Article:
The first quarter of 2016 has seen a substantial rise in the sale of electric cars across the European Union, the ACEA automobile association has said. But overall, their market share remains pitiful.
In the first three months of the year, 35,730 new e-cars were registered in the EU, the European Automobile Manufacturers' Association (ACEA) said Friday.
The figure marked a 27-percent jump from the levels recorded in the same period a year earlier. Most new e-car registrations were logged in the UK, with France and Germany being runners-up.
But despite the surge in sales, electric cars face an uphill drive towards market penetration. Given that a total of 3.8 million new cars were registered across the European Union in the first quarter, the sales figures for e-cars were still looking pretty humble, ACEA officials pointed out.
Controversy over subsidy
In Germany, where little over 5,800 new electric vehicles were registered in the January-March period, a new subsidy for buyers is meant to boost sluggish sales in the months ahead.
The Berlin government decided earlier this week to grant buyers of e-cars a bonus of 4,000 euros ($4,570) each, with the costs of the subsidies to be shared equally between the federal government and auto makers.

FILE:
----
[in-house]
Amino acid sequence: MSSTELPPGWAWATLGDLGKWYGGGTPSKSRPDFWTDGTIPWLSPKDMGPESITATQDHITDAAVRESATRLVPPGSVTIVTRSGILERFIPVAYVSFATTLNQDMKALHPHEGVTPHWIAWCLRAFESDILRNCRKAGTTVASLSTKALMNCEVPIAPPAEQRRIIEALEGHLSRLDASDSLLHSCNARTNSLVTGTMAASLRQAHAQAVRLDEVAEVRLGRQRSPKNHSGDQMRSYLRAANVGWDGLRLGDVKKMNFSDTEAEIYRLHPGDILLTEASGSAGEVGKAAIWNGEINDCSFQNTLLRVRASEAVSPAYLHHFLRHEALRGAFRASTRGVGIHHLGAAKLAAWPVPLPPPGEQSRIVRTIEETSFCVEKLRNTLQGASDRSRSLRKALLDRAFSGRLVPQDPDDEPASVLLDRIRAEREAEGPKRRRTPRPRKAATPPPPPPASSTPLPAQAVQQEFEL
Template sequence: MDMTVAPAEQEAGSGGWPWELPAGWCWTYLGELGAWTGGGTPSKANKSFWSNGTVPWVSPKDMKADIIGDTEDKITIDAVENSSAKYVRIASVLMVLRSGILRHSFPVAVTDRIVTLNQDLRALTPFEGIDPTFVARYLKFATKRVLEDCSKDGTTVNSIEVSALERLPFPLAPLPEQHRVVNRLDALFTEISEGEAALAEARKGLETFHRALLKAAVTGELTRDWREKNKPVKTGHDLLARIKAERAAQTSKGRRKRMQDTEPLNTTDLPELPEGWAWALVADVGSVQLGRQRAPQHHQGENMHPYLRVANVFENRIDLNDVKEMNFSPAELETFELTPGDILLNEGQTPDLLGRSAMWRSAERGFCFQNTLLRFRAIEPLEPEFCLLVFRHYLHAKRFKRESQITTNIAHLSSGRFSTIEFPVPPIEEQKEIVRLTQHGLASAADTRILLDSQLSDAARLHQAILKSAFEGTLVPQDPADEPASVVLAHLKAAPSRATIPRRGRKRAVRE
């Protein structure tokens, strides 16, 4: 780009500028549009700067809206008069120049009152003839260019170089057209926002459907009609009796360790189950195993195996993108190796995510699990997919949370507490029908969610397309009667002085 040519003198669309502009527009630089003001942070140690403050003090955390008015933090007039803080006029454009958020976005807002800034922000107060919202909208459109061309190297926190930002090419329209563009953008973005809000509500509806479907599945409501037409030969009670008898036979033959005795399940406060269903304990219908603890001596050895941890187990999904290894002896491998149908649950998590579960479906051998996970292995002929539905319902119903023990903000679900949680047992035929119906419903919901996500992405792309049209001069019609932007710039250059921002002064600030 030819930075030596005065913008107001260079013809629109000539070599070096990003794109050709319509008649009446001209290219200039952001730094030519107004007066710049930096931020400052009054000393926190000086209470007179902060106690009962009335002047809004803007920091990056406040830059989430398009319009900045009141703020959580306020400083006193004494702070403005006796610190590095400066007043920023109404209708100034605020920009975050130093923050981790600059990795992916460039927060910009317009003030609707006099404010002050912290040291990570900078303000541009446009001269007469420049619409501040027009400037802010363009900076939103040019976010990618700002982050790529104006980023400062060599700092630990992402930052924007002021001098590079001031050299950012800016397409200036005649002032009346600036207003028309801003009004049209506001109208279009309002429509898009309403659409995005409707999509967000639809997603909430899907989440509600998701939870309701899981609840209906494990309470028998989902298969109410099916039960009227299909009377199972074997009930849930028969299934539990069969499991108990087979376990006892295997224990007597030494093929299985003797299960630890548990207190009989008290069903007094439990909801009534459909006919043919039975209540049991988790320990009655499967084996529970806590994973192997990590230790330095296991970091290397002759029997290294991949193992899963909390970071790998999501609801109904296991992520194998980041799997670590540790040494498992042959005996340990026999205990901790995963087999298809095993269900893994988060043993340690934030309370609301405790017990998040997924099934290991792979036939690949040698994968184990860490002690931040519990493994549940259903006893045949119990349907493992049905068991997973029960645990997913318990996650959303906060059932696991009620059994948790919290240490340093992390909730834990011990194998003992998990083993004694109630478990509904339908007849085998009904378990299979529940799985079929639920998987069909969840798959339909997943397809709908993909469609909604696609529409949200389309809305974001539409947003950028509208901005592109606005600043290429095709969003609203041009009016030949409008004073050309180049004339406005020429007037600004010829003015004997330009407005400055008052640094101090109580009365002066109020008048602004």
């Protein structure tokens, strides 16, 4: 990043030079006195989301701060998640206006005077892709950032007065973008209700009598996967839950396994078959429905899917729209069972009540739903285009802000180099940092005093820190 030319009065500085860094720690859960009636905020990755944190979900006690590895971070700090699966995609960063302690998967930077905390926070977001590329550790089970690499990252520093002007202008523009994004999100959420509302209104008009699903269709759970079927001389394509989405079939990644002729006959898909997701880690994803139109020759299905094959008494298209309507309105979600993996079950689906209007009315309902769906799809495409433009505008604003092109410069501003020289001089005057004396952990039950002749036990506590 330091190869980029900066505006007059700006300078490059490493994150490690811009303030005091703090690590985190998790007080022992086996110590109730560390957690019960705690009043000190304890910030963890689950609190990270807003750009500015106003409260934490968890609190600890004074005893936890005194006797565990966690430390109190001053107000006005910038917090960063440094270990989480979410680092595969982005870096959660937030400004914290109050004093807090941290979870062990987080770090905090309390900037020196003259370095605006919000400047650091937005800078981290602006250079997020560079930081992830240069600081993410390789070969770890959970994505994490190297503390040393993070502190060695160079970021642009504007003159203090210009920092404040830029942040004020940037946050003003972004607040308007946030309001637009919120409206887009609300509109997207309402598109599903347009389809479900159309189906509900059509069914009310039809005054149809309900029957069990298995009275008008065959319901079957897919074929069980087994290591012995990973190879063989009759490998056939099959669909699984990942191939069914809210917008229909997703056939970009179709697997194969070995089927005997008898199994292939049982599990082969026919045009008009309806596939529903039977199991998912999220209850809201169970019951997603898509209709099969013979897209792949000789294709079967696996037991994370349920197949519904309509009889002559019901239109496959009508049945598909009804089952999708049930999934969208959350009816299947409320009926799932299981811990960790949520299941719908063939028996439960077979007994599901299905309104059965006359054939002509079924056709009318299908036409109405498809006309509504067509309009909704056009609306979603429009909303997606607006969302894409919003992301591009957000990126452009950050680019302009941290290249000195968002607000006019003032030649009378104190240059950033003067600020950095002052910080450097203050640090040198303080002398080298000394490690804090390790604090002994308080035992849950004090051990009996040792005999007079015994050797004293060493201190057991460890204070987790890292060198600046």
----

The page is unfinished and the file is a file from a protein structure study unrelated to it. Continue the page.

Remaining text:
But a study by GfK market researchers indicated Friday the subsidy might have little impact on consumers' decision to buy or not to buy such cars.
Only one in seven consumers in Europe's powerhouse are currently toying with the idea of getting an e-car, and more than half of them said in a GfK poll the 4,000-euro subsidy would have no influence on their decision, with the overall price of electric cars still being far too high in their view.
The government in Berlin had said it wants to see 1 million cars on German roads by 2020, a goal that has so far seemed unreachable.
hg/cjc (Reuters, dpa)